The Haunting of Sharon Tate exploitatively genericises a gruesome tragedy for an abysmally immoral horror. Nope. This review is finished. Not sure where to go from here in all honesty. There are bad horrors that exist in the planes of our reality. And then there are tasteless abominations that exploit a tragic event to conjure some cheap jump scares and woeful performances. Farrands’ feature may just be the pinnacle of the latter category. The Manson Family murders of Tate and four other individuals have been thoroughly documented in film and TV, highlighting the tragic sensitivity of such a subject matter.
This horror based on the events of ‘69, merged fictional strands of premonitions and foreboding foreshadowing to offer a proposed existential reality that had Tate question her “fateful path with destiny”. So not only were the gruesome murder re-enacted, with inconsequential jump scares, visualised blood and howling screams embedded for good measure, but Farrands’ screenplay boasts the audacity to sensationalise the event and propose the concept that Tate succumbed to her premonitions as it was “her destiny”. Nope! Nope nope nope! Someone hold my carton of zero sugar apple juice, need to get this off my chest!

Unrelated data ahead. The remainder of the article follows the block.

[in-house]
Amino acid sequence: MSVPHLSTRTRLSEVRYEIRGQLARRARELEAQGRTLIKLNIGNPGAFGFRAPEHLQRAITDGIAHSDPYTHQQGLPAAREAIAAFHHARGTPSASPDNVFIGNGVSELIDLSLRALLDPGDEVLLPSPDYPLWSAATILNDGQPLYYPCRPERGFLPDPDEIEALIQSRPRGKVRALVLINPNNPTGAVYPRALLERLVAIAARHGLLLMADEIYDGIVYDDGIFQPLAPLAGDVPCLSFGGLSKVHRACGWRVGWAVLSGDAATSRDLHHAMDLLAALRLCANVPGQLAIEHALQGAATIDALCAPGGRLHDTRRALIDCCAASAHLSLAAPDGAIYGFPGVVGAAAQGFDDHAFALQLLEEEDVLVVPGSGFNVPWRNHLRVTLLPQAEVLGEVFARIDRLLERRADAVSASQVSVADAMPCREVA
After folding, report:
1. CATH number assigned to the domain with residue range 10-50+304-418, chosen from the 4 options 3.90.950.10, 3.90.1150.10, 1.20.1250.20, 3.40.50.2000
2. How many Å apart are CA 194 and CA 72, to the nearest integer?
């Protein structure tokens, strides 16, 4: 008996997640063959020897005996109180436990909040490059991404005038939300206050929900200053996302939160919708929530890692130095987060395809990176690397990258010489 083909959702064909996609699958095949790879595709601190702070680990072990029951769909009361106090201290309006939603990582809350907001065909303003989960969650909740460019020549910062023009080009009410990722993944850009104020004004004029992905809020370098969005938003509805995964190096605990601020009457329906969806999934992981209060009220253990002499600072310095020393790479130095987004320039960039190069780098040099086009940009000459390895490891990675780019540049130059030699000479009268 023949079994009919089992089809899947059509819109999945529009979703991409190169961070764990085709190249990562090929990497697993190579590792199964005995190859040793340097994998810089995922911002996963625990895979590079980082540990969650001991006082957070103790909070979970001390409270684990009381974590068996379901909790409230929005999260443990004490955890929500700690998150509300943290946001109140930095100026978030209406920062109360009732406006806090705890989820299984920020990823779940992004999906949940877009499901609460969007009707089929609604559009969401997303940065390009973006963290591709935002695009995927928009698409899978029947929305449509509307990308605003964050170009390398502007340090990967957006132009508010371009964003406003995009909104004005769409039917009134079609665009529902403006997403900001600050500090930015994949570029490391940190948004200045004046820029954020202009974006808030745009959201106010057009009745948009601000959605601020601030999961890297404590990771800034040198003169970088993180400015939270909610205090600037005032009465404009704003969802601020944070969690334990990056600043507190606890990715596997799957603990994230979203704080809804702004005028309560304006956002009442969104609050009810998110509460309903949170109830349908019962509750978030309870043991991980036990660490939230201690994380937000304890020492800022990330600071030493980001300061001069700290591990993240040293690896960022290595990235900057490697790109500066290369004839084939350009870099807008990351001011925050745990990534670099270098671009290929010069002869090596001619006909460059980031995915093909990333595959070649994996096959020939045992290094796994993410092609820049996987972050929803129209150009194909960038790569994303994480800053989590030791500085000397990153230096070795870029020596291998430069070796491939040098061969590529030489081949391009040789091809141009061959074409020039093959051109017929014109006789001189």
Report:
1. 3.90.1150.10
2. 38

Never mind the commencement of the film with an ostentatious quote from Allen Poe that seeks to outline the “dream within a dream” concept, and forget about the interweaving of archival footage of Tate herself (which has now tainted her filmography). The sheer insensitive approach and exploitative nature of the whole ordeal forces you to question the entire purpose of this horror. Yet fundamentally shroud its atrociousness with a lack of purpose. Why? Why did these grisly murders need to be replicated, fictionalised to a degree and seemingly hopeful? Is it rhetorical? An opportunistic window if Tate and her peers were actually able to overcome their murderers?
The characters are naturally subconsciously distant from the viewers given everybody’s knowledge of their tragic fates, therefore relinquishing all sense of fear. Granting Tate visions of her imminent death is an absolutely pointless gimmick that, again, relinquishes the impact of the inevitable murder. It just…it just…urgh. It doesn’t matter. It seriously doesn’t matter! Every scene leaves a horrible taste in one’s mouth. As if licking the super salty sweat off of Lizzie McGuire’s forehead. And speaking of dreadful characters, Hilary Duff portrays the titular victim. Duff is up the duff and (forgive me) her performance is guff. Not only does she not resemble Tate, but has the acting capabilities of a prosthetic baby bump. Who knows what that means!
Supporting cast members were weak. The script was beyond salvageable. Farrands’ direction non-sensical. And, last but not least, that “surprise” ending forced me to face-palm my forehead so hard, it is now bruised. How. Frickin’. Stupid. So thanks Farrands. Thanks for exploiting a brutal murder and sensationalising it into a tasteless, insensitive and immoral disposable horror. Thanks for nearly inducing me into an early sleep. And thanks for bruising my face. Burn this film. Immediately.